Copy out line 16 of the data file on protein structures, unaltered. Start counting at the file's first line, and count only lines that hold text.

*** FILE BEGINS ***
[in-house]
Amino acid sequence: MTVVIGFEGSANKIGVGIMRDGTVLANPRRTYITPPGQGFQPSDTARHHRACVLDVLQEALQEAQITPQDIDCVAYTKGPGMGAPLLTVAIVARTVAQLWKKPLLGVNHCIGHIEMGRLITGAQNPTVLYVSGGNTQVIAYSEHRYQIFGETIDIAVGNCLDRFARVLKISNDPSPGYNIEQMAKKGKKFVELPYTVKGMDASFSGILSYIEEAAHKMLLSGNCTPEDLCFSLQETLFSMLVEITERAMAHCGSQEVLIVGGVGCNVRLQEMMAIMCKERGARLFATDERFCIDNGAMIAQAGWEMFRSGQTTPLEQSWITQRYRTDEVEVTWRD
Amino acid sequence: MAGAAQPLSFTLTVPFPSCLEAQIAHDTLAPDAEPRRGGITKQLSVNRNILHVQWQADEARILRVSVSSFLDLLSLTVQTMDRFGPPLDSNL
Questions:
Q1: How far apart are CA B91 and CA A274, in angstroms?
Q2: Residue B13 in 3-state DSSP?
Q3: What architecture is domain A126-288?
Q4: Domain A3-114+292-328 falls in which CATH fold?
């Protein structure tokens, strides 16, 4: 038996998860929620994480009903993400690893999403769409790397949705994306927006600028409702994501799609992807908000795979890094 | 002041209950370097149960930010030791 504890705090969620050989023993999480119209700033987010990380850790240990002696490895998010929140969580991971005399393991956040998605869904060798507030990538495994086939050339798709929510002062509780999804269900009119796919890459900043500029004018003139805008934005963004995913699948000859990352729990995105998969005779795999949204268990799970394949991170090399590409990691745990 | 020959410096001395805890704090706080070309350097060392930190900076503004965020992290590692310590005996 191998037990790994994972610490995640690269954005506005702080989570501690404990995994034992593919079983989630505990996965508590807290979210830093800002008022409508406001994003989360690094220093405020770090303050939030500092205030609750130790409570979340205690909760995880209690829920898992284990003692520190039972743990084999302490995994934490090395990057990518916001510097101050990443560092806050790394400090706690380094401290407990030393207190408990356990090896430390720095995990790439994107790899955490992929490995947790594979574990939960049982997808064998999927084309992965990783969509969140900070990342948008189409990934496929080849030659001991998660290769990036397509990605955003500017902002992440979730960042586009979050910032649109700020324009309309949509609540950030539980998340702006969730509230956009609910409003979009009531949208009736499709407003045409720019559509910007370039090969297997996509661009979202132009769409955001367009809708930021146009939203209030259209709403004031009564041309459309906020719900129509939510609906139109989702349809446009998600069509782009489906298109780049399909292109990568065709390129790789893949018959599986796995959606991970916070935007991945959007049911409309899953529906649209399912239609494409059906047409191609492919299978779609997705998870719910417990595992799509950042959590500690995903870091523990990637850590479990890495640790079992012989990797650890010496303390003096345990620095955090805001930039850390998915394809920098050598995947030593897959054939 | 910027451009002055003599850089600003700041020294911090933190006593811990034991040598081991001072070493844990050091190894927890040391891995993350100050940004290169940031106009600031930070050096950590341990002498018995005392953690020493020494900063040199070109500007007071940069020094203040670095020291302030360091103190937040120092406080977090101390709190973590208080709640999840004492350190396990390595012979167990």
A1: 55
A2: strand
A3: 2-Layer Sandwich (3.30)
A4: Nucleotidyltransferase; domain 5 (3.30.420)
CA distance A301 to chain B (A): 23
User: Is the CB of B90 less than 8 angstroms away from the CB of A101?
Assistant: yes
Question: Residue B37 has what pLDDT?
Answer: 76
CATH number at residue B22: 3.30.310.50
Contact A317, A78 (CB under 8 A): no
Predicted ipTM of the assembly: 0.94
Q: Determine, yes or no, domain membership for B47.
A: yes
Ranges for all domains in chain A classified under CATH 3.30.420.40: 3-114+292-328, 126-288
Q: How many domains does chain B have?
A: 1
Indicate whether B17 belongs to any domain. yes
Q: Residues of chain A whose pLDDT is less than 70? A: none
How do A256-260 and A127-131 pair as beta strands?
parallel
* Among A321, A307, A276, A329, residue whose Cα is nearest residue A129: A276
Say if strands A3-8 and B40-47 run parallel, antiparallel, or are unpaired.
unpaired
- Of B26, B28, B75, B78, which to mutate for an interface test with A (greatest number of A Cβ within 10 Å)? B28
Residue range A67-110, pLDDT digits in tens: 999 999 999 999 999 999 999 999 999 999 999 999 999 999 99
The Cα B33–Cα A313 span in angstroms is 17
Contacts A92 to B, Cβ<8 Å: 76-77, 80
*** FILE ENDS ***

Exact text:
Assistant: yes